|Title||H-reflex operant conditioning in mice.|
|Publication Type||Journal Article|
|Year of Publication||2006|
|Authors||Carp, JS, Tennissen, AM, Chen, XY, Wolpaw, J|
|Journal||Journal of neurophysiology|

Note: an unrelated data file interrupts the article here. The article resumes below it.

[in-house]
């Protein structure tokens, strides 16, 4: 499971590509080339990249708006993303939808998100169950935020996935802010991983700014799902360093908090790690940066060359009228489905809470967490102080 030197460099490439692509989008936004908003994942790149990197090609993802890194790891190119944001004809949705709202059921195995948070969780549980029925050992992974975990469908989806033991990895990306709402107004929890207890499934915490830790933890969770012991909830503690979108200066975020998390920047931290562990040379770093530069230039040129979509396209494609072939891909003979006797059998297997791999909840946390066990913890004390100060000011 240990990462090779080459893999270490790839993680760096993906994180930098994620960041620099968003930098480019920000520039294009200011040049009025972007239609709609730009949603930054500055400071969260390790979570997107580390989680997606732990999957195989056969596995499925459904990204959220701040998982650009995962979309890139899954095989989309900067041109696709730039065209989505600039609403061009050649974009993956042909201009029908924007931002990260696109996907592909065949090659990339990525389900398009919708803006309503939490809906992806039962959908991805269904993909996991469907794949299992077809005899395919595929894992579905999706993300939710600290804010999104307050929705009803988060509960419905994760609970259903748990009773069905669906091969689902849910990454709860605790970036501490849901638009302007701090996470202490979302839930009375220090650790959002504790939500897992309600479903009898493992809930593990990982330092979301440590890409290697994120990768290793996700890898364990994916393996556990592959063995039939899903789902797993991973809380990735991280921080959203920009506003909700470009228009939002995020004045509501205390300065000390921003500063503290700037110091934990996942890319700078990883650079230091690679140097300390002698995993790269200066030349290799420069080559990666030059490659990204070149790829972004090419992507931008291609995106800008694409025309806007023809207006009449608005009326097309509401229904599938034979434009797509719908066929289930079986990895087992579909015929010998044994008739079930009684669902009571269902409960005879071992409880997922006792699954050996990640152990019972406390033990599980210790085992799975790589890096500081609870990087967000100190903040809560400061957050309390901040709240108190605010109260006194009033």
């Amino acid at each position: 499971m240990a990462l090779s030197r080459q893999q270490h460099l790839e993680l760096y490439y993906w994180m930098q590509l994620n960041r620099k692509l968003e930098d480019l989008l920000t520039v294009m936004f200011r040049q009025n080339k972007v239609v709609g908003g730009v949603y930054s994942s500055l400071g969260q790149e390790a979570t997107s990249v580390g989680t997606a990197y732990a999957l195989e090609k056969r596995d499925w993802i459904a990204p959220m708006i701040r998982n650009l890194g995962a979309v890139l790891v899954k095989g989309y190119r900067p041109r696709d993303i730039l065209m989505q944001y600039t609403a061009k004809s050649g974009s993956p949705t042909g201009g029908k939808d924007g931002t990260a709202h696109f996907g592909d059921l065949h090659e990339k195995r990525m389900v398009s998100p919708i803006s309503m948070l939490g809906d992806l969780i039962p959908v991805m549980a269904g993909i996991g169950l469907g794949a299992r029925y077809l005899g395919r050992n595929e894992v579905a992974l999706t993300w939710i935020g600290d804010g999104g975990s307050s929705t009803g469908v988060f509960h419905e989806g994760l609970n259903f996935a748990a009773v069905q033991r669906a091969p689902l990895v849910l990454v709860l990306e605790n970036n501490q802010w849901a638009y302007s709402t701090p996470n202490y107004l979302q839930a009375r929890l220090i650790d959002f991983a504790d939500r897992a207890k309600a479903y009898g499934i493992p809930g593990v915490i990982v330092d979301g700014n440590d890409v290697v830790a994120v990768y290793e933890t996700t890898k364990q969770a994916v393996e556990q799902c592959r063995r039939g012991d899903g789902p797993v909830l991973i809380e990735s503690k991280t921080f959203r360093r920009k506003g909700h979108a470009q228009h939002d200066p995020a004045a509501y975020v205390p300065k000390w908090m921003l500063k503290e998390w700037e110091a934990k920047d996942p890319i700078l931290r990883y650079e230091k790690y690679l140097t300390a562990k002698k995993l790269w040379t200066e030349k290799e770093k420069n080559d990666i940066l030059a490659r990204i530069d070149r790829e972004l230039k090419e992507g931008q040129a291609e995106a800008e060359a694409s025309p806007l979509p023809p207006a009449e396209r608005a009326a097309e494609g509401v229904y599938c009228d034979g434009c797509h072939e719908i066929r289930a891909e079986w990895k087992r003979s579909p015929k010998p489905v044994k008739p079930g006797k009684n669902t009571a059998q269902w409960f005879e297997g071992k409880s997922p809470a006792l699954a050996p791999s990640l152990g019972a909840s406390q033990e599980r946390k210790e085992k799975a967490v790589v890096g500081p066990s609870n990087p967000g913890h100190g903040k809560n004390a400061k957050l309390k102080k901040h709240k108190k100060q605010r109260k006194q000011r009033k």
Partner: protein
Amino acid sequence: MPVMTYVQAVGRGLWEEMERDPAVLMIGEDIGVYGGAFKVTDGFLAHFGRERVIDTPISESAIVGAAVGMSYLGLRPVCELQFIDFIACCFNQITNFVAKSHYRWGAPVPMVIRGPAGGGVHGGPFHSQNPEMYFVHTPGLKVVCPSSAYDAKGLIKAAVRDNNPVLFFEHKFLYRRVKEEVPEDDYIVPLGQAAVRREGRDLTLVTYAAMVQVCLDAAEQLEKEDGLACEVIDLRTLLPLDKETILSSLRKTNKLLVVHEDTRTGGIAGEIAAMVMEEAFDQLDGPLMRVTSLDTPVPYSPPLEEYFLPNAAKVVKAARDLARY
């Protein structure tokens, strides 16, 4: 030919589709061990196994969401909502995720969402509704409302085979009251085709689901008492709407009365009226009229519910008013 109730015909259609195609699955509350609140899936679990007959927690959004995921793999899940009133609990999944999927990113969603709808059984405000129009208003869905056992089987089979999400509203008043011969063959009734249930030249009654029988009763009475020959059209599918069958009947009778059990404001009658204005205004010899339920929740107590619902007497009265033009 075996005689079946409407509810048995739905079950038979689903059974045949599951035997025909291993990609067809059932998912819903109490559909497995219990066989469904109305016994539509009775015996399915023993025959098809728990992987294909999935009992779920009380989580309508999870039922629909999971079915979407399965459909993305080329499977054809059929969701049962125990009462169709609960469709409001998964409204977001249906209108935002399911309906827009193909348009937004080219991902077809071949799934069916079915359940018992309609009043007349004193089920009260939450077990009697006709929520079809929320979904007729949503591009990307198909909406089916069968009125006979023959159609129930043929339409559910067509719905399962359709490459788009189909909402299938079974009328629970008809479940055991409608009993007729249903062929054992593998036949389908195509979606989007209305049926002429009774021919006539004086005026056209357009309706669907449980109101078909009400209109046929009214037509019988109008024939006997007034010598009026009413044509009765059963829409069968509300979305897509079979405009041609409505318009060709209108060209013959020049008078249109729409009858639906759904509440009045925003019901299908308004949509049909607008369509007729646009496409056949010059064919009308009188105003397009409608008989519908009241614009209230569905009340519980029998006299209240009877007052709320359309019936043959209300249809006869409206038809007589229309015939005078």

Rats, monkeys, and humans can alter the size of their spinal stretch reflex and its electrically induced analog, the H-reflex (HR), when exposed to an operant conditioning paradigm. Because this conditioning induces plasticity in the spinal cord, it offers a unique opportunity to identify the neuronal sites and mechanisms that underlie a well-defined change in a simple behavior. To facilitate these studies, we developed an HR operant conditioning protocol in mice, which are better suited to genetic manipulation and electrophysiological spinal cord study in vitro than rats or primates. Eleven mice under deep surgical anesthesia were implanted with tibial nerve stimulating electrodes and soleus and gastrocnemius intramuscular electrodes for recording ongoing and stimulus-evoked EMG activity. During the 24-h/day computer-controlled experiment, mice received a liquid reward for either increasing (up-conditioning) or decreasing (down-conditioning) HR amplitude while maintaining target levels of ongoing EMG and directly evoked EMG (M-responses). After 3-7 wk of conditioning, the HR amplitude was 133 +/- 7% (SE) of control for up-conditioning and 71 +/- 8% of control for down-conditioning. HR conditioning was successful (i.e., > or =20% change in HR amplitude in the appropriate direction) in five of six up-conditioned animals (mean final HR amplitude = 139 +/- 5% of control HR for successful mice) and in four of five down-conditioned animals (mean final HR amplitude = 63 +/- 8% of control HR for successful mice). These effects were not attributable to differences in the net level of motoneuron pool excitation, stimulation strength, or distribution of HR trials throughout the day. Thus mice exhibit HR operant conditioning comparable with that observed in rats and monkeys.